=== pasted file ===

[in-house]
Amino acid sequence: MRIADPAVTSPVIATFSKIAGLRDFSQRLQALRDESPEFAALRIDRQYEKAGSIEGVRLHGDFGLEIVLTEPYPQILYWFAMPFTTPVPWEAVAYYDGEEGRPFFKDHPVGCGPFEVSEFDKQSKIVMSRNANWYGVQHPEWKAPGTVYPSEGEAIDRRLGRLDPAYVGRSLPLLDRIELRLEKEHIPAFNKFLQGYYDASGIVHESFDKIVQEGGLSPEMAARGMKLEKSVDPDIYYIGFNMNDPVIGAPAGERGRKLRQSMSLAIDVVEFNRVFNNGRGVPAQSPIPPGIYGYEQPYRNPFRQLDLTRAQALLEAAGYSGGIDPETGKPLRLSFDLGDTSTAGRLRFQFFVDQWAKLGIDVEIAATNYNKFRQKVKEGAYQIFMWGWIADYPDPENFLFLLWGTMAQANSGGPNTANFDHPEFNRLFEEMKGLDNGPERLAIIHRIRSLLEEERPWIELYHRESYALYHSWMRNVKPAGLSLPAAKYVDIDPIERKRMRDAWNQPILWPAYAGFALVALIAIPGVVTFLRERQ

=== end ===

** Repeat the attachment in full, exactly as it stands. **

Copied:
[in-house]
Amino acid sequence: MRIADPAVTSPVIATFSKIAGLRDFSQRLQALRDESPEFAALRIDRQYEKAGSIEGVRLHGDFGLEIVLTEPYPQILYWFAMPFTTPVPWEAVAYYDGEEGRPFFKDHPVGCGPFEVSEFDKQSKIVMSRNANWYGVQHPEWKAPGTVYPSEGEAIDRRLGRLDPAYVGRSLPLLDRIELRLEKEHIPAFNKFLQGYYDASGIVHESFDKIVQEGGLSPEMAARGMKLEKSVDPDIYYIGFNMNDPVIGAPAGERGRKLRQSMSLAIDVVEFNRVFNNGRGVPAQSPIPPGIYGYEQPYRNPFRQLDLTRAQALLEAAGYSGGIDPETGKPLRLSFDLGDTSTAGRLRFQFFVDQWAKLGIDVEIAATNYNKFRQKVKEGAYQIFMWGWIADYPDPENFLFLLWGTMAQANSGGPNTANFDHPEFNRLFEEMKGLDNGPERLAIIHRIRSLLEEERPWIELYHRESYALYHSWMRNVKPAGLSLPAAKYVDIDPIERKRMRDAWNQPILWPAYAGFALVALIAIPGVVTFLRERQ